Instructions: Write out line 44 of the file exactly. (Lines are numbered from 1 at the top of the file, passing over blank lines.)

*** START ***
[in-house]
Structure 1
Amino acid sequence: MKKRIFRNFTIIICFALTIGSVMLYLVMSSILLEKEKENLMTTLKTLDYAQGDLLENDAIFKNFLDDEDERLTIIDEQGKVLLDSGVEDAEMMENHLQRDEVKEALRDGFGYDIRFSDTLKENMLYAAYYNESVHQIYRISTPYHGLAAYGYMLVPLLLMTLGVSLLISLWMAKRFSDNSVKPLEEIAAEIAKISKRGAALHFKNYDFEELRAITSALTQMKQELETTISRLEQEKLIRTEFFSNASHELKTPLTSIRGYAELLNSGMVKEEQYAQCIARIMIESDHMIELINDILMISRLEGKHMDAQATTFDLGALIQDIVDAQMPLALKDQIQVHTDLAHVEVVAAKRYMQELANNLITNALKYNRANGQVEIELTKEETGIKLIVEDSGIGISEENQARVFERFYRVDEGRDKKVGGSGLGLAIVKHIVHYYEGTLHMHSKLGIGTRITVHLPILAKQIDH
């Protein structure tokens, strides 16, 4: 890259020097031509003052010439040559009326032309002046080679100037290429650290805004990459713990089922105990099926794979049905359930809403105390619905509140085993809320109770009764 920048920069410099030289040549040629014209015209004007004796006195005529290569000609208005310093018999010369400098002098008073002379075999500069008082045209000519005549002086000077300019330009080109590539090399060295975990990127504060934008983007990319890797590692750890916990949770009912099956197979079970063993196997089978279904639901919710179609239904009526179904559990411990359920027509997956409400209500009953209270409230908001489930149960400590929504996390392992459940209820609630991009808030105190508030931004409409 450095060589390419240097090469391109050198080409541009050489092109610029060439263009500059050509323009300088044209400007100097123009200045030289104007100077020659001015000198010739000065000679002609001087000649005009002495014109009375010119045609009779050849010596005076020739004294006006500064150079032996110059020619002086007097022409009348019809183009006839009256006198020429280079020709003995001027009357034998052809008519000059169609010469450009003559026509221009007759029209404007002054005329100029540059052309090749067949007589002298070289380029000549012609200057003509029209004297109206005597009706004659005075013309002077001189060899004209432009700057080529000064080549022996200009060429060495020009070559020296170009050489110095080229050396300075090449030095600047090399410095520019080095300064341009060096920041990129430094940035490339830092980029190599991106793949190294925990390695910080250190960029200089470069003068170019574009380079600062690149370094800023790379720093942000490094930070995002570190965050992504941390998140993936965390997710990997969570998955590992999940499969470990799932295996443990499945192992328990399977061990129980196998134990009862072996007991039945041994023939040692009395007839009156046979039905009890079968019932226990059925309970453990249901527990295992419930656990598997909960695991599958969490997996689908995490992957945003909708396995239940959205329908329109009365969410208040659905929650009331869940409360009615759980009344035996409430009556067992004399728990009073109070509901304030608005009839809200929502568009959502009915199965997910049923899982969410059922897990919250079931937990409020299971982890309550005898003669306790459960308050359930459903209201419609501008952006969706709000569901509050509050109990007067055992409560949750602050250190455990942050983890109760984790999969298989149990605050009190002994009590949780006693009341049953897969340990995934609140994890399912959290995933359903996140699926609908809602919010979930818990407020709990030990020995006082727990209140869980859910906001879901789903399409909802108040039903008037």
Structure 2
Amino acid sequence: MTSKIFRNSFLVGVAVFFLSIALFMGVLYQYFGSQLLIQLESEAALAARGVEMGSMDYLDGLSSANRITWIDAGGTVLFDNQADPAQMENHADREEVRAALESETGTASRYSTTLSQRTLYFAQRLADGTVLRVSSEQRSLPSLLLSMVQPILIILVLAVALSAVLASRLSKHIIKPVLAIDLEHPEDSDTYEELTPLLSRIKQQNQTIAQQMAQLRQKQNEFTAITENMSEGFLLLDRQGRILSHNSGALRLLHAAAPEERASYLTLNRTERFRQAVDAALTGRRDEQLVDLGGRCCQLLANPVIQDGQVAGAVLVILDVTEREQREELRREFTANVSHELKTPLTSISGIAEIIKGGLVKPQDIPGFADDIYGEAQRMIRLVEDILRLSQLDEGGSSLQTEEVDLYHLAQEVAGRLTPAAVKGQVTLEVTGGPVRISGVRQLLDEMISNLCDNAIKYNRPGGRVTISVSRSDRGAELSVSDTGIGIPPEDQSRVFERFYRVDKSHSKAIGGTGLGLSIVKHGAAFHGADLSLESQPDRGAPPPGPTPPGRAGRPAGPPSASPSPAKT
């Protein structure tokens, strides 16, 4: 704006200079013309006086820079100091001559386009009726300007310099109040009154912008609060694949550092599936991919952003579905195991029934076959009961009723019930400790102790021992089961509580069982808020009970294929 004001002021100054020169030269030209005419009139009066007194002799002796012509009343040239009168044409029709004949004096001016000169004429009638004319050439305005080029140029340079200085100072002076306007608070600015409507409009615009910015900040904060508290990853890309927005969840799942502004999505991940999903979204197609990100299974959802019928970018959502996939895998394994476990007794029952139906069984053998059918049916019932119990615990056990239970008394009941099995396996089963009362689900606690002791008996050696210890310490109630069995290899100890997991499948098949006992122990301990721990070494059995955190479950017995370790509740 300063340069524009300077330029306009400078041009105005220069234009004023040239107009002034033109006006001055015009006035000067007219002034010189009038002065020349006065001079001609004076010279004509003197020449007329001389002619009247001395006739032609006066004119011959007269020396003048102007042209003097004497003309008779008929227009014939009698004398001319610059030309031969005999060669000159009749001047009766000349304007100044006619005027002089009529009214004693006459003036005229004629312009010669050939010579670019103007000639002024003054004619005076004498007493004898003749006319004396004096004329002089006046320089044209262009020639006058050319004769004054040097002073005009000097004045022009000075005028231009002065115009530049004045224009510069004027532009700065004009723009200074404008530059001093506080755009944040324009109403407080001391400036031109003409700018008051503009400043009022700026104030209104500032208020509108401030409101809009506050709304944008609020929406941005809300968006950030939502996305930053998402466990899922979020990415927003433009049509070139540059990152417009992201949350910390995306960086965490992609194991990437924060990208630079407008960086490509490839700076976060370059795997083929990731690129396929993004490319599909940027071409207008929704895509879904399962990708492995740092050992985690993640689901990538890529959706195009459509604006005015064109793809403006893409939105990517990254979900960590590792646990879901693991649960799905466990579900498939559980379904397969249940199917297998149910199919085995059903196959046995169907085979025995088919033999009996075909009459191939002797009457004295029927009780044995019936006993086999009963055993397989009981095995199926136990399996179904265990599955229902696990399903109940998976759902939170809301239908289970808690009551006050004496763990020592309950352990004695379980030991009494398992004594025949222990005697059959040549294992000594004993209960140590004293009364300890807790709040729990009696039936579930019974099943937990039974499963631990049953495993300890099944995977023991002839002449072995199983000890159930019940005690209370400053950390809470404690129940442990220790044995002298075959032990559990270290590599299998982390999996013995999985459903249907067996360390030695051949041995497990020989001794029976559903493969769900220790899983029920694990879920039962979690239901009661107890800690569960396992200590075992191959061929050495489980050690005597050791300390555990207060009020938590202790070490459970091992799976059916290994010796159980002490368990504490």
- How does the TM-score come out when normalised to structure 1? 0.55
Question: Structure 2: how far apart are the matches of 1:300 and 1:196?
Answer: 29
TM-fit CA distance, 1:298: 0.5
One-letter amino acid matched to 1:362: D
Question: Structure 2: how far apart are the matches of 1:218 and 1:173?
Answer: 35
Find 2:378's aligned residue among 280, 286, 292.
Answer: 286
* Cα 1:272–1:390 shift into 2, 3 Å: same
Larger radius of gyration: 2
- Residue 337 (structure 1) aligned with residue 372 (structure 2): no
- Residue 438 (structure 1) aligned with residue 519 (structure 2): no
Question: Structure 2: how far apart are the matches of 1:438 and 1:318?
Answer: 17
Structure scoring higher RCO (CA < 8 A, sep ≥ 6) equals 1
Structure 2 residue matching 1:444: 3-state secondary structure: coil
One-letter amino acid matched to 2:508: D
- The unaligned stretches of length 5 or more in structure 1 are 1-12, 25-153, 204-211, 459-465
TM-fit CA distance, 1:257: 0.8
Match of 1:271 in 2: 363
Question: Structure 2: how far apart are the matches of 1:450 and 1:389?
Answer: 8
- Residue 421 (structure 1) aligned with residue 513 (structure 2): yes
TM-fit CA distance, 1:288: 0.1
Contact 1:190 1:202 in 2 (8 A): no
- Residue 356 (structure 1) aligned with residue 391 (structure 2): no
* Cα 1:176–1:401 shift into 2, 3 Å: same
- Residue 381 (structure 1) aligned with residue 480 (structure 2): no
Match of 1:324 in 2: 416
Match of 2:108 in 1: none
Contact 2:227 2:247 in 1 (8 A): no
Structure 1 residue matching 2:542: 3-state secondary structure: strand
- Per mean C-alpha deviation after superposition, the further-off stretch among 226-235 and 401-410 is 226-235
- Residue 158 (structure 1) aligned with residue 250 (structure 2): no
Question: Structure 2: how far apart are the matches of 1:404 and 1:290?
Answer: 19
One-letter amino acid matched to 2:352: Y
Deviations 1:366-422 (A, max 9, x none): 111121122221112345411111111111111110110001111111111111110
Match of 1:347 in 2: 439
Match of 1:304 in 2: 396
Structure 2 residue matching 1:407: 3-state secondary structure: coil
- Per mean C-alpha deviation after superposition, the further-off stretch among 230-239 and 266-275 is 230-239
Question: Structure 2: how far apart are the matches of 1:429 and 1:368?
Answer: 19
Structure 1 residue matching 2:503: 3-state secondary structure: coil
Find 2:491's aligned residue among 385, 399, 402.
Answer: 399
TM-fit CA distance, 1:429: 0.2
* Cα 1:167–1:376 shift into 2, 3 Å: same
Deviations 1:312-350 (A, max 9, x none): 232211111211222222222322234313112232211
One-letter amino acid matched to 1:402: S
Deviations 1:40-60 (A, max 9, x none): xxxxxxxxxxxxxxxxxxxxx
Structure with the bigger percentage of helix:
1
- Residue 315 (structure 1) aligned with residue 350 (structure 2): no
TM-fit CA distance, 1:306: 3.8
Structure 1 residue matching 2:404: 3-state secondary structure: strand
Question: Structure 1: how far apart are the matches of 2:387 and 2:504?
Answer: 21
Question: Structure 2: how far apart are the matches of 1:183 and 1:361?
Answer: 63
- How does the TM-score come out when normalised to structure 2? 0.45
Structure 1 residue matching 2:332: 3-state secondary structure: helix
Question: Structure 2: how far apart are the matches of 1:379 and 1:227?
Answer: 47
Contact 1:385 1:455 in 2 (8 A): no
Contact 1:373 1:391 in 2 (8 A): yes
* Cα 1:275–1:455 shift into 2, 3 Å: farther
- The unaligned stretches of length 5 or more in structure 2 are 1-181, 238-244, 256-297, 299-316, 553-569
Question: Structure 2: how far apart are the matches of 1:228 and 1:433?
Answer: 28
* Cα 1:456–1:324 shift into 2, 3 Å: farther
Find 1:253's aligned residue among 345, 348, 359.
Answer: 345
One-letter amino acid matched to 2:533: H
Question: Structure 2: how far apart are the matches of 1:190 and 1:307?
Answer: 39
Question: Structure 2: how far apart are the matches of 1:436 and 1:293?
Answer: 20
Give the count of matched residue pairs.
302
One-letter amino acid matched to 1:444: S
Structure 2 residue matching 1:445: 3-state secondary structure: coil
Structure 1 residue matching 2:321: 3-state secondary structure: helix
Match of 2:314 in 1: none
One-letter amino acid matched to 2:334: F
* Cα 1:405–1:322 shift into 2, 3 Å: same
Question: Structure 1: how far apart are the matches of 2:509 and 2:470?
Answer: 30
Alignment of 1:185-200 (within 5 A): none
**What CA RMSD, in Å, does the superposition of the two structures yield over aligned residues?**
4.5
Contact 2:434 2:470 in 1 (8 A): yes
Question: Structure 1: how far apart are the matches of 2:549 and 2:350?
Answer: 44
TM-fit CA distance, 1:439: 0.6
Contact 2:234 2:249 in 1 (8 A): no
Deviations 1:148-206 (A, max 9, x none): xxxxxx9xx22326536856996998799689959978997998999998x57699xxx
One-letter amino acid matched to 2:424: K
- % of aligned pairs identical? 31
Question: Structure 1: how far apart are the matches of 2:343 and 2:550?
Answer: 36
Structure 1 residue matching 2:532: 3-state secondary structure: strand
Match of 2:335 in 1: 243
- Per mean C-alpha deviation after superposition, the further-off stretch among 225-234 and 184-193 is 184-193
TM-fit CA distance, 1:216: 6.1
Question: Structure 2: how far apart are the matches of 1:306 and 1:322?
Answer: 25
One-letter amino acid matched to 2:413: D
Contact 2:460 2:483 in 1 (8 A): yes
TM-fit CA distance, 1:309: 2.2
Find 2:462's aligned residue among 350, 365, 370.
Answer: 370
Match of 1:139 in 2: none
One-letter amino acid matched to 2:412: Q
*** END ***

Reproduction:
Answer: 19